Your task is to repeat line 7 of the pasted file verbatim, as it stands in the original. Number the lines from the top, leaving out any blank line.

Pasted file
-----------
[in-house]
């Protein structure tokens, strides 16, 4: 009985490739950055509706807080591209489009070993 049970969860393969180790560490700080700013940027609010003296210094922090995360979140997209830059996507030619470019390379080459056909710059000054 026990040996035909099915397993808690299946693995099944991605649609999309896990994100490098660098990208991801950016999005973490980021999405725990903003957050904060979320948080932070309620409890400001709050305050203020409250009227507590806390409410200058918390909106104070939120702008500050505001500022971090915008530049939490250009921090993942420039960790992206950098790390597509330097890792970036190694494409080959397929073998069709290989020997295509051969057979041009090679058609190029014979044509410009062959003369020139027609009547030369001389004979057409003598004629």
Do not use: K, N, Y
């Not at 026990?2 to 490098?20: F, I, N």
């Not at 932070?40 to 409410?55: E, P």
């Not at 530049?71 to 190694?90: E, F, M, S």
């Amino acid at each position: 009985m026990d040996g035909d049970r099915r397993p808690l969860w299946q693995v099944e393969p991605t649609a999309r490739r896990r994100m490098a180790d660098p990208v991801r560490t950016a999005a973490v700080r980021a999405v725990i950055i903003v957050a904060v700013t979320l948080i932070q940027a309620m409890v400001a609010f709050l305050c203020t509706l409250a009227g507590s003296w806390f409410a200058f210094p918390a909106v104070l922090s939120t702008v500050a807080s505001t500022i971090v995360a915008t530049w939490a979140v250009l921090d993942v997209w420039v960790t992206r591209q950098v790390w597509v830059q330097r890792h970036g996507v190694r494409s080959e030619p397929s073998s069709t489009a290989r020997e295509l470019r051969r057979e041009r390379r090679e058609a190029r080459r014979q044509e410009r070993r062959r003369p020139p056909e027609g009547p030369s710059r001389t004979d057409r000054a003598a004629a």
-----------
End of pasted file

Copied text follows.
């Amino acid at each position: 009985m026990d040996g035909d049970r099915r397993p808690l969860w299946q693995v099944e393969p991605t649609a999309r490739r896990r994100m490098a180790d660098p990208v991801r560490t950016a999005a973490v700080r980021a999405v725990i950055i903003v957050a904060v700013t979320l948080i932070q940027a309620m409890v400001a609010f709050l305050c203020t509706l409250a009227g507590s003296w806390f409410a200058f210094p918390a909106v104070l922090s939120t702008v500050a807080s505001t500022i971090v995360a915008t530049w939490a979140v250009l921090d993942v997209w420039v960790t992206r591209q950098v790390w597509v830059q330097r890792h970036g996507v190694r494409s080959e030619p397929s073998s069709t489009a290989r020997e295509l470019r051969r057979e041009r390379r090679e058609a190029r080459r014979q044509e410009r070993r062959r003369p020139p056909e027609g009547p030369s710059r001389t004979d057409r000054a003598a004629a």